Another useful purpose to which this invention may be put is schematically illustrated in FIGS. 7 and 8. This is for enabling the continuous reduction of ores. FIG. 7 is a plan view in section and FIG. 8 is a view in elevation. Instead of only coal being introduced into the hopper 32, as described in connection with FIG. 1, powdered metallic ore is intimately mixed with coal and necessary fluxing materials, and the mixture fed through the hopper into the continuous extruder and heated in the manner described. The jet of an admixture, so produced, is impinged on a jet of an oxidizer (liquid oxygen) coming through an orifice 74, from a source not shown, into a chamber 76. Chamber 76 is lined with refractory material in a manner well known to the art. FIG. 7 shows only one injection doublet arranged so that the resultant momentum vector at the jet impingement point is tangential to the vessel. Obviously, a multiplicity of such injectors both radially and axially distributed on vessel 76 may be employed. A reaction occurs, and molten metal and slag fall towards the bottom of the vessel. A tap 78 between the bottom of the vessel and the region of the reaction, is utilized to draw off the slag. The liquid metal may be tapped or periodically withdrawn from the bottom of the vessel in manner well-known.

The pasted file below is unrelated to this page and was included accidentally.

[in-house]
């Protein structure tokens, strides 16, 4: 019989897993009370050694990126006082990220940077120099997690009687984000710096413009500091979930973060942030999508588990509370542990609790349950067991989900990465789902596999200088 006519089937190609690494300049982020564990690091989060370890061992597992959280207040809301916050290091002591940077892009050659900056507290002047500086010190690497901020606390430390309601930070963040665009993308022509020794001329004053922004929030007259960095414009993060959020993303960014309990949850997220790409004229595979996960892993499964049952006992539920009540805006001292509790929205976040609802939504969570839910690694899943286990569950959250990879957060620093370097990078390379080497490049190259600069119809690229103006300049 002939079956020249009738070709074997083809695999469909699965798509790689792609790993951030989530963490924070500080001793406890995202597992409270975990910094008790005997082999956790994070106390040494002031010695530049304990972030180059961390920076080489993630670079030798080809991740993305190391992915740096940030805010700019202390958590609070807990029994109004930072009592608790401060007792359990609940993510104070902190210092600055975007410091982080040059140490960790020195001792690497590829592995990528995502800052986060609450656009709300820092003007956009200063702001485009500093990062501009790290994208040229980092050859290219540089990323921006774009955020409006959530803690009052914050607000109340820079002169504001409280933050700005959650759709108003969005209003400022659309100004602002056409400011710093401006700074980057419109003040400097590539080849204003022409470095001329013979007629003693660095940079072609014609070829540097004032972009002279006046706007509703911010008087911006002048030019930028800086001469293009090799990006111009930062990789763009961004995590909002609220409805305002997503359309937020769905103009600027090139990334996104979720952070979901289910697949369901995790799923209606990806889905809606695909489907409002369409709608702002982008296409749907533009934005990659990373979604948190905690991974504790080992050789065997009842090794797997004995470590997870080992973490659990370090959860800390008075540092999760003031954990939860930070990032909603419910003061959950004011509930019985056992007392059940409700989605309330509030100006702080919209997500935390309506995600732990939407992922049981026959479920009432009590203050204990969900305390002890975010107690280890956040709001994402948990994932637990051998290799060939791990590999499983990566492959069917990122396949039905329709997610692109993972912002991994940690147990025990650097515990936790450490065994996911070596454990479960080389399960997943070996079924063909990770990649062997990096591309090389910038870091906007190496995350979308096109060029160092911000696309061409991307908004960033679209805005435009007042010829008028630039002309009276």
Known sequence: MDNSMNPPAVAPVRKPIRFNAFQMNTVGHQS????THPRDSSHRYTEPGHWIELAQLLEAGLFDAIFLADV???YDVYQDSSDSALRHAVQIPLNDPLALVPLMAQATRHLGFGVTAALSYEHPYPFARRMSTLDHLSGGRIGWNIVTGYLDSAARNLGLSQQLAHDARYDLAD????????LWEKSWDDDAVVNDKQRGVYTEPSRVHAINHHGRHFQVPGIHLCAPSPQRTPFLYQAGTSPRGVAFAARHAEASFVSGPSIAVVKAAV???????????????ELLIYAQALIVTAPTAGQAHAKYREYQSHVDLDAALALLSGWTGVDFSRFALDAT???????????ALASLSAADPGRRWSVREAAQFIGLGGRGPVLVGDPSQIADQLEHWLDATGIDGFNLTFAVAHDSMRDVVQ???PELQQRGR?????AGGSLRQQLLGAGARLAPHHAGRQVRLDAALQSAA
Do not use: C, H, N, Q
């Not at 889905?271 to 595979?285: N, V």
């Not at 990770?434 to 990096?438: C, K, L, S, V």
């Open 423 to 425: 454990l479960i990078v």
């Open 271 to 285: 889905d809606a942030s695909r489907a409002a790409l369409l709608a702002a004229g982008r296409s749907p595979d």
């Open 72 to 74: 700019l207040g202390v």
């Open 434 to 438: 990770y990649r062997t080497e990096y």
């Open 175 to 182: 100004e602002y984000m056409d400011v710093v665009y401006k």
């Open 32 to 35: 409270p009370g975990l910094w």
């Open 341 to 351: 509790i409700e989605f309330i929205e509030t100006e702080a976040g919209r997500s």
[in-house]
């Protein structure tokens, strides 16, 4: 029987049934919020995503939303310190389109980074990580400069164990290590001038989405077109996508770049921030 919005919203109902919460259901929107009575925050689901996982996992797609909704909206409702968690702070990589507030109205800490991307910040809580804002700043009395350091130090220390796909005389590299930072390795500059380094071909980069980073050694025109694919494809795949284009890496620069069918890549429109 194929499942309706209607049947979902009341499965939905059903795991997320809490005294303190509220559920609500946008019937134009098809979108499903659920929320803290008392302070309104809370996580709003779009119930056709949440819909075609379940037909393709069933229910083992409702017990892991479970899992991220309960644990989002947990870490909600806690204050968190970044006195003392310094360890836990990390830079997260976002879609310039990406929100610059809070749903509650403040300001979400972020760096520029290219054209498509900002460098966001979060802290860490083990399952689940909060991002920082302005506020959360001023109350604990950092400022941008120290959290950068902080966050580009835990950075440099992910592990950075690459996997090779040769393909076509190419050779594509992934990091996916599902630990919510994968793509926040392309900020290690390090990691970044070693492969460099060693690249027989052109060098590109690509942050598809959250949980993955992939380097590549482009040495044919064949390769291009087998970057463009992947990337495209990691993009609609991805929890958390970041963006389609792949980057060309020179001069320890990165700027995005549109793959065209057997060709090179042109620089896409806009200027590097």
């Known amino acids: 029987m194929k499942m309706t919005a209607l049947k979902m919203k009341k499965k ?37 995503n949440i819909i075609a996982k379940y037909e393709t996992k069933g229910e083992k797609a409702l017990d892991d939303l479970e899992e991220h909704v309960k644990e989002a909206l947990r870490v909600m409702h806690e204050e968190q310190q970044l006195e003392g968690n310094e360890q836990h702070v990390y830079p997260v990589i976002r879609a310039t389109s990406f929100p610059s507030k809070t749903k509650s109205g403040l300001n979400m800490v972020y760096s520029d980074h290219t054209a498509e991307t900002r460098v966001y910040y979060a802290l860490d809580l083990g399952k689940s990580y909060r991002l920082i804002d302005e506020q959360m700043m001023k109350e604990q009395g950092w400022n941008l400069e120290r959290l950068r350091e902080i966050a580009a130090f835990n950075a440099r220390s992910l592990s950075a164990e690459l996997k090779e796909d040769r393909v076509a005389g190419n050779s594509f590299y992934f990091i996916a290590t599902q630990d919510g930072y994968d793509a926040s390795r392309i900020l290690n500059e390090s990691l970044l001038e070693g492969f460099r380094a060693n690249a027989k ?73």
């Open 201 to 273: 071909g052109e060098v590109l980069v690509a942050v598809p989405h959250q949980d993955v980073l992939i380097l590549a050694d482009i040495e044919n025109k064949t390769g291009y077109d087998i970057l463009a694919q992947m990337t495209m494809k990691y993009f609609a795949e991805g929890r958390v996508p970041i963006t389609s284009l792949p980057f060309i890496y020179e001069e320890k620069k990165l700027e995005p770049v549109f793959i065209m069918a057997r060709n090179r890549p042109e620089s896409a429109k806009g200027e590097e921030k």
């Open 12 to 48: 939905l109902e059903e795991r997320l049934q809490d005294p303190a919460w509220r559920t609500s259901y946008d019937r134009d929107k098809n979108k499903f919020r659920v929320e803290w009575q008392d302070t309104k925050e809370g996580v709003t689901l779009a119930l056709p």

The jet impingement reactor schematically represented in FIGS. 7 and 8 is a device well-known in the art of liquid propellant rocketry, as is the technique for optimum mixing and atomization in impinging jets. These may be employed with this embodiment of the invention to attain a maximum reaction rate.